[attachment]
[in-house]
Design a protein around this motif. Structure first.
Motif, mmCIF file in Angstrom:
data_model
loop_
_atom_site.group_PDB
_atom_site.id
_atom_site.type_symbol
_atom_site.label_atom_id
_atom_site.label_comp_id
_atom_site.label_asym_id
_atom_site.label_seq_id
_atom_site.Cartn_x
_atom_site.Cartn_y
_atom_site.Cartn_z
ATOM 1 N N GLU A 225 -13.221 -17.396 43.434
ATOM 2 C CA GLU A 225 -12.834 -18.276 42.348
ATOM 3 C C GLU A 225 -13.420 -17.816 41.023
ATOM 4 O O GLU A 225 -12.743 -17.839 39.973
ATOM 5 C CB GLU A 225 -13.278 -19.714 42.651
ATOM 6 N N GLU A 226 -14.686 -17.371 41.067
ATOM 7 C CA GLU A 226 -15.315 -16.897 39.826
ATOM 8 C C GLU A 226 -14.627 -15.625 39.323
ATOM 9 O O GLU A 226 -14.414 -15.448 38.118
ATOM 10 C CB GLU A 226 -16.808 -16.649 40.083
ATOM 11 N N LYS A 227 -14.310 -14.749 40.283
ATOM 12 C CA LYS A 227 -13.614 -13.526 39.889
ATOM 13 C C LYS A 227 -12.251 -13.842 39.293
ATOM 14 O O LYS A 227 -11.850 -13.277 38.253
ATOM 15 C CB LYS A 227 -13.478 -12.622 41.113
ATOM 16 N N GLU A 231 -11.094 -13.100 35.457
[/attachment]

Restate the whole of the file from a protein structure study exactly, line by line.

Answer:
[in-house]
Design a protein around this motif. Structure first.
Motif, mmCIF file in Angstrom:
data_model
loop_
_atom_site.group_PDB
_atom_site.id
_atom_site.type_symbol
_atom_site.label_atom_id
_atom_site.label_comp_id
_atom_site.label_asym_id
_atom_site.label_seq_id
_atom_site.Cartn_x
_atom_site.Cartn_y
_atom_site.Cartn_z
ATOM 1 N N GLU A 225 -13.221 -17.396 43.434
ATOM 2 C CA GLU A 225 -12.834 -18.276 42.348
ATOM 3 C C GLU A 225 -13.420 -17.816 41.023
ATOM 4 O O GLU A 225 -12.743 -17.839 39.973
ATOM 5 C CB GLU A 225 -13.278 -19.714 42.651
ATOM 6 N N GLU A 226 -14.686 -17.371 41.067
ATOM 7 C CA GLU A 226 -15.315 -16.897 39.826
ATOM 8 C C GLU A 226 -14.627 -15.625 39.323
ATOM 9 O O GLU A 226 -14.414 -15.448 38.118
ATOM 10 C CB GLU A 226 -16.808 -16.649 40.083
ATOM 11 N N LYS A 227 -14.310 -14.749 40.283
ATOM 12 C CA LYS A 227 -13.614 -13.526 39.889
ATOM 13 C C LYS A 227 -12.251 -13.842 39.293
ATOM 14 O O LYS A 227 -11.850 -13.277 38.253
ATOM 15 C CB LYS A 227 -13.478 -12.622 41.113
ATOM 16 N N GLU A 231 -11.094 -13.100 35.457